Synopsis: While watching two children on Halloween night, a babysitter finds an old VHS tape in the kids’ trick or treat bag. The tape features three tales of terror, all linked together by a murderous clown.
My Quick Review: I’m a fan of anthology movies and wasn’t expecting much of All Hollow’s Eve but let me tell you now how wrong I was.
All Hollow’s eve, despite its very low budget, is surprisingly good. Everything from the music (reminiscent of the best 80’s horror scores), to the direction (this movie is extremely well shot and edited for an indie movie) and the practical FX (even if they do look like makeups or masks I’d still rather watch practical effects rather than cheap CGIs) help elevating the material at hands (which is not very original I have to admit).
And who can forget Art the Clown, the creepiest clown to be on screen since Stephen King’s IT.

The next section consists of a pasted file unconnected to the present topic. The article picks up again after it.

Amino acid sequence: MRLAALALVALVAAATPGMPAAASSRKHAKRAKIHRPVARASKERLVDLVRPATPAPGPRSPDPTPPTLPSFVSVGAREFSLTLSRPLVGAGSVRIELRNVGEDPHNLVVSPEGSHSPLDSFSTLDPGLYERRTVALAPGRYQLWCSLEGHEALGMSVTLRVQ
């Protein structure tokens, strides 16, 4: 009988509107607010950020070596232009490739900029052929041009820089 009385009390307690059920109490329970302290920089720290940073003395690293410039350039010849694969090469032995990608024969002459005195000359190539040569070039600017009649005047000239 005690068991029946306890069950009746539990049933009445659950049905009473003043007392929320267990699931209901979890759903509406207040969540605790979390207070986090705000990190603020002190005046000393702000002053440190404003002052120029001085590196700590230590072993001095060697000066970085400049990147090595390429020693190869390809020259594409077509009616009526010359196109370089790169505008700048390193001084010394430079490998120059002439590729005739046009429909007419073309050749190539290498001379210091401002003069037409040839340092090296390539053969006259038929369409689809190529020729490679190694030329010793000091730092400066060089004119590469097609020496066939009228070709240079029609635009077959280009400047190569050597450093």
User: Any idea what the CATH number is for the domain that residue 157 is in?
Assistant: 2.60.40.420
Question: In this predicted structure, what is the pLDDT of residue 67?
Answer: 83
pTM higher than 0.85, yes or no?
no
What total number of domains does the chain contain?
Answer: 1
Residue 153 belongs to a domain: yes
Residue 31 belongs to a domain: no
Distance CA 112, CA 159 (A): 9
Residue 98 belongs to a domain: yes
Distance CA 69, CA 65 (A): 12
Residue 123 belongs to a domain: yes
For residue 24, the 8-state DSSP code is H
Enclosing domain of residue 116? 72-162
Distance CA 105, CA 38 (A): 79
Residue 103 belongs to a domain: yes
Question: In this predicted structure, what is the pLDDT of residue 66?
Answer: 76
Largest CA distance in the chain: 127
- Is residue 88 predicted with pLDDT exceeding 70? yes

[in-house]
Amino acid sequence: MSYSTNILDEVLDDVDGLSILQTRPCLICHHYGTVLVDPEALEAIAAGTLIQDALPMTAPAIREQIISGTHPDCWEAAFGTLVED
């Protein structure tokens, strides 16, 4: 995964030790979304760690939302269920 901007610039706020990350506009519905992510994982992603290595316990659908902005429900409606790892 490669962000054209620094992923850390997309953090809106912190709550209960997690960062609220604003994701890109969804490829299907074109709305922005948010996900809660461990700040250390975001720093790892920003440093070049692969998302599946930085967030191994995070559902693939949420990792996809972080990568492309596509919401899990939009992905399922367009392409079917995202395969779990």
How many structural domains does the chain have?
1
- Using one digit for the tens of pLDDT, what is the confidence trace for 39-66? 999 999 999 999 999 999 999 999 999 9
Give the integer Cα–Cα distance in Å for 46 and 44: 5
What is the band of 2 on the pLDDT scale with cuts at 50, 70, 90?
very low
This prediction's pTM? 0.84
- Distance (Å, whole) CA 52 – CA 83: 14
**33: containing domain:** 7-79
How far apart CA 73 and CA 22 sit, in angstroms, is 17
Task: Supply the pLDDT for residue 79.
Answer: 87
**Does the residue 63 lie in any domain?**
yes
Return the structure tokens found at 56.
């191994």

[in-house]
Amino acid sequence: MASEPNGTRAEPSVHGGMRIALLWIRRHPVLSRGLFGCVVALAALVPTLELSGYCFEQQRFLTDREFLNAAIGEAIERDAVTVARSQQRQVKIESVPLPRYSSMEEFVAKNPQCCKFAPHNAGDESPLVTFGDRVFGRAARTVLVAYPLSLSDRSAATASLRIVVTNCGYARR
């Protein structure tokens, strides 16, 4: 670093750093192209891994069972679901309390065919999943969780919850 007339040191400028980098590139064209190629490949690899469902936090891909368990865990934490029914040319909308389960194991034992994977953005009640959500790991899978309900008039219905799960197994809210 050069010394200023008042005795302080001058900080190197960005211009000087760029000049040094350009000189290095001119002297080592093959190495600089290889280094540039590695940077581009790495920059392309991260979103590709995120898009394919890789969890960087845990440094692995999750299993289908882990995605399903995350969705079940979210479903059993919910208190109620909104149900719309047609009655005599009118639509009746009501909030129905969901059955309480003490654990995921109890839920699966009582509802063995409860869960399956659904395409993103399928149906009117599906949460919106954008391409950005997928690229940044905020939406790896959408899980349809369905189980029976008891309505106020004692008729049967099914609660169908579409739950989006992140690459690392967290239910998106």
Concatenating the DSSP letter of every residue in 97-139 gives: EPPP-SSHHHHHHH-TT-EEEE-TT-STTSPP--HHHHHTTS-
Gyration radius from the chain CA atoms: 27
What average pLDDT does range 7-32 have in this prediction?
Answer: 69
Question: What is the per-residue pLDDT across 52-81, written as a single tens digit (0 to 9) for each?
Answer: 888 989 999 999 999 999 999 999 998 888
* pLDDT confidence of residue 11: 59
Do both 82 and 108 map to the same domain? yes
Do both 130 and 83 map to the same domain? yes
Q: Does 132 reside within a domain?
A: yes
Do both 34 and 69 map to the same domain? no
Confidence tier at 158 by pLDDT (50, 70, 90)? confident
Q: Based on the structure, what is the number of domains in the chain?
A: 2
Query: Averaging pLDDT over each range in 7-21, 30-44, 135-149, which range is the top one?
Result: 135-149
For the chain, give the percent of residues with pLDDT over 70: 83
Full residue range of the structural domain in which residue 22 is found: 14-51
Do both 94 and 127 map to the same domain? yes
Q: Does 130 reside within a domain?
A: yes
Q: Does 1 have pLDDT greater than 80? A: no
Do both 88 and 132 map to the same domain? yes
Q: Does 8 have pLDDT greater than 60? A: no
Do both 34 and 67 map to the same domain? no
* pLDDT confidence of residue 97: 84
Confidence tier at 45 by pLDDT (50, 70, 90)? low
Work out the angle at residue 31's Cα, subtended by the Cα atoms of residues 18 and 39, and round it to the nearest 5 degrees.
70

The 3 different shorts within the movie are quite different in looks and stories but all have a specific creep factor and evolve around women being attacked/abducted/murdered in some gruesome ways.
The first one, was shot by Damien Leone, the director, back in 2006 and reminded me of a nightmare out of the imagination of Clive Barker. Fans of demons and other satanic cults will enjoy that one.
The second short is probably the weakest but there is something so weird about the alien invader that, in spite of obvious budget restriction, it all works out in the end.
The last short features Art the Clown in a more prominent way. Here, he is a serial killer chasing an innocent victim. It’s gory, scary and delightfully creepy. I especially loved the ending.
The main story featuring the babysitter ends as expected and was fitting to the rest of the movie.
Despite some lackluster moments, All Hollow’s Eve provides all the necessary scares for fans of anthology movies and killer clowns. Somehow Damien Leone was able to patch all of these segments together and shows that he is a director to keep an eye on. Definitively my Guilty Pleasure of the year so far.
My Rating: 7/10
Director: Damien Leone